214. Cf., e.g., Mark 6.3a, 5a with Matt. 13.55a, 58; Mark 10.17-18 with Matt. 19.16-17 (cited above chapter 7 n. 20, with further bibliography). In both cases Matthew's respect for the Markan wording is clear, even when he changed it, presumably to prevent any unwelcome implication (see my Evidence for Jesus 18-22).

sumption that variations between parallel accounts can or need be explained only in terms of literary redaction. After all, it can hardly be assumed that the first time and Luke heard many of these stories was when they first came across Mark's Gospel. The claim that there were churches in the mainstream(s) represented by Matthew and Luke who did not know any Jesus tradition until they received Mark (or Q) as documents simply beggars belief and merely exemplifies the blinkered perspective imposed by the literary paradigm. To repeat: the assumption, almost innate to those trained within western (that is, literary) culture, that the Synoptic traditions have to be analysed in terms of a linear sequence of written editions, where each successive version can be conceived only as an editing of its predecessor, simply distorts critical perception and skews the resultant analysis. The transmission of the narrative tradition has too many oral features to be ignored.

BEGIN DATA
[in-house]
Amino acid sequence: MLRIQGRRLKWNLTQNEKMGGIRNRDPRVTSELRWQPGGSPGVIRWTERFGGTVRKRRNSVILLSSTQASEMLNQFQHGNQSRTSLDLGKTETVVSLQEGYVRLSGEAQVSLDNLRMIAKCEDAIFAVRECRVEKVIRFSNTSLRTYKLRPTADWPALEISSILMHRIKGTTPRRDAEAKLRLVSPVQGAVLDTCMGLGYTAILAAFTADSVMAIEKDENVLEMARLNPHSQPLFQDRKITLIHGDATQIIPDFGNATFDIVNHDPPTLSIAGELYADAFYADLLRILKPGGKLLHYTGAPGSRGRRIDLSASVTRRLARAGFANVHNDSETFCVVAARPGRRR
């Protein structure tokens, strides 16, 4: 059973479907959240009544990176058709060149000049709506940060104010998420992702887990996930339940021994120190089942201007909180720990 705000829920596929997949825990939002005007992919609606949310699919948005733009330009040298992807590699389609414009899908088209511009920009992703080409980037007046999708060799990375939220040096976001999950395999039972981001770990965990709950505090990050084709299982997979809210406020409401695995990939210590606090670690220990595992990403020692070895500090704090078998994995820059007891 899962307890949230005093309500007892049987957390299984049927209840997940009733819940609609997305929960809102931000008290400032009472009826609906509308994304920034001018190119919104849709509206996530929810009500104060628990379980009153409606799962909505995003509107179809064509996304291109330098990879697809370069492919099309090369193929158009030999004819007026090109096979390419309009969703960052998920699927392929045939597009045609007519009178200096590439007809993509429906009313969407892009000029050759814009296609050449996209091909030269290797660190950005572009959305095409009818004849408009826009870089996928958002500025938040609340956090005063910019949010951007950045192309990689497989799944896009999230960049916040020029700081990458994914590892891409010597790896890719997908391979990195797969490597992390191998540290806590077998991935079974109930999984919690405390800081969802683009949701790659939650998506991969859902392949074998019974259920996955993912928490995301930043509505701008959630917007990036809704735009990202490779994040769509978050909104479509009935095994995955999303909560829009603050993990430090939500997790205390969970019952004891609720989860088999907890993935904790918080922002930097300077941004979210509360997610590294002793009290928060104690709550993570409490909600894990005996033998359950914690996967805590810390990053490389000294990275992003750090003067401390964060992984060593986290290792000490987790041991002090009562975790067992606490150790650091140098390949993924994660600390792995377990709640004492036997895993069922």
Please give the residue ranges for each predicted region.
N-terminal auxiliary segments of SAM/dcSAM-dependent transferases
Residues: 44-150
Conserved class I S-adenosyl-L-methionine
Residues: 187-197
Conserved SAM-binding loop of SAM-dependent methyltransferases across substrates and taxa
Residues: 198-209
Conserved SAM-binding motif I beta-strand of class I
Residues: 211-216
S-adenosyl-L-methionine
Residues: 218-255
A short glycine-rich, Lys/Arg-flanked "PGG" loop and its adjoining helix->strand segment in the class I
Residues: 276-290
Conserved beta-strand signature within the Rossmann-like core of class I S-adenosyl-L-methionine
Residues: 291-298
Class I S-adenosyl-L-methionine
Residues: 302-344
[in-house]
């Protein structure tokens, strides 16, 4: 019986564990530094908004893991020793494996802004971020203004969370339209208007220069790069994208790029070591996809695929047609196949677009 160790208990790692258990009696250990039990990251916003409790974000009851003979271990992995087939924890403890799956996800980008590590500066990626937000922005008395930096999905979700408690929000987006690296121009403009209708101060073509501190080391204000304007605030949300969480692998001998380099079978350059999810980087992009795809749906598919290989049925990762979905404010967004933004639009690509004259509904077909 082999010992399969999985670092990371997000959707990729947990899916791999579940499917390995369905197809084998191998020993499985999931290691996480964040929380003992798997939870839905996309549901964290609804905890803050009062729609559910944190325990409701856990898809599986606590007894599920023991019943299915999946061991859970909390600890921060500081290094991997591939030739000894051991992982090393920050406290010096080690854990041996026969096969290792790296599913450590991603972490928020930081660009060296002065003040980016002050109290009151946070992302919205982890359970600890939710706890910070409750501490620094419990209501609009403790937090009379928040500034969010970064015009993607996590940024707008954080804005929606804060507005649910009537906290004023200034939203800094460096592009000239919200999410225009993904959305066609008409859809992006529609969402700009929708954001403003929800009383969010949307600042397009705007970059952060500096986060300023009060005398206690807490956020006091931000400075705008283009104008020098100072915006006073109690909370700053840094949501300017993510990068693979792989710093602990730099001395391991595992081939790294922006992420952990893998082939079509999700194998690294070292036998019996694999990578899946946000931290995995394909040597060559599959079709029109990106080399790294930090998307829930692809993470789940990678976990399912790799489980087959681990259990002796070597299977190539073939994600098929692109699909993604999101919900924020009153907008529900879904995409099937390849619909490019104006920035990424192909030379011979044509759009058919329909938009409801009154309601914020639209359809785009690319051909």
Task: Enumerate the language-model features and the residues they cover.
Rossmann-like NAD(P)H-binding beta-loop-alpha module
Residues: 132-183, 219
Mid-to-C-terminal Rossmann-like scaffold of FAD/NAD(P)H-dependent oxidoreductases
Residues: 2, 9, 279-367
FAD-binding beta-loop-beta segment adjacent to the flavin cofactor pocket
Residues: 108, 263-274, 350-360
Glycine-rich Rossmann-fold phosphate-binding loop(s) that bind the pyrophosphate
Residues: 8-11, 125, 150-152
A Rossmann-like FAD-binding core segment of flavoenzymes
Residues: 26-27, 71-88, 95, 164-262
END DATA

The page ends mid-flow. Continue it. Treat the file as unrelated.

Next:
The more appropriate conclusions are twofold. (1) The variations between the different versions of the same story in the tradition do not indicate a cavalier attitude to or lack of historical interest in the events narrated. In almost every case examined or cited above it is clearly the same story which is being retold. Rather, the variations exemplify the character of oral retelling.216 In such oral transmission the concern to remember Jesus is clear from the key elements which give the tradition its stable identity,217 just as the vitality of the tradition is indicated by the performance variants. These were not traditions carried around in a casket like some sacred relic of the increasingly distant past, their elements long rigid by textual rigor mortis. But neither were they the free creation of teachers or prophets with some theological axe to grind. Rather they were the lifeblood of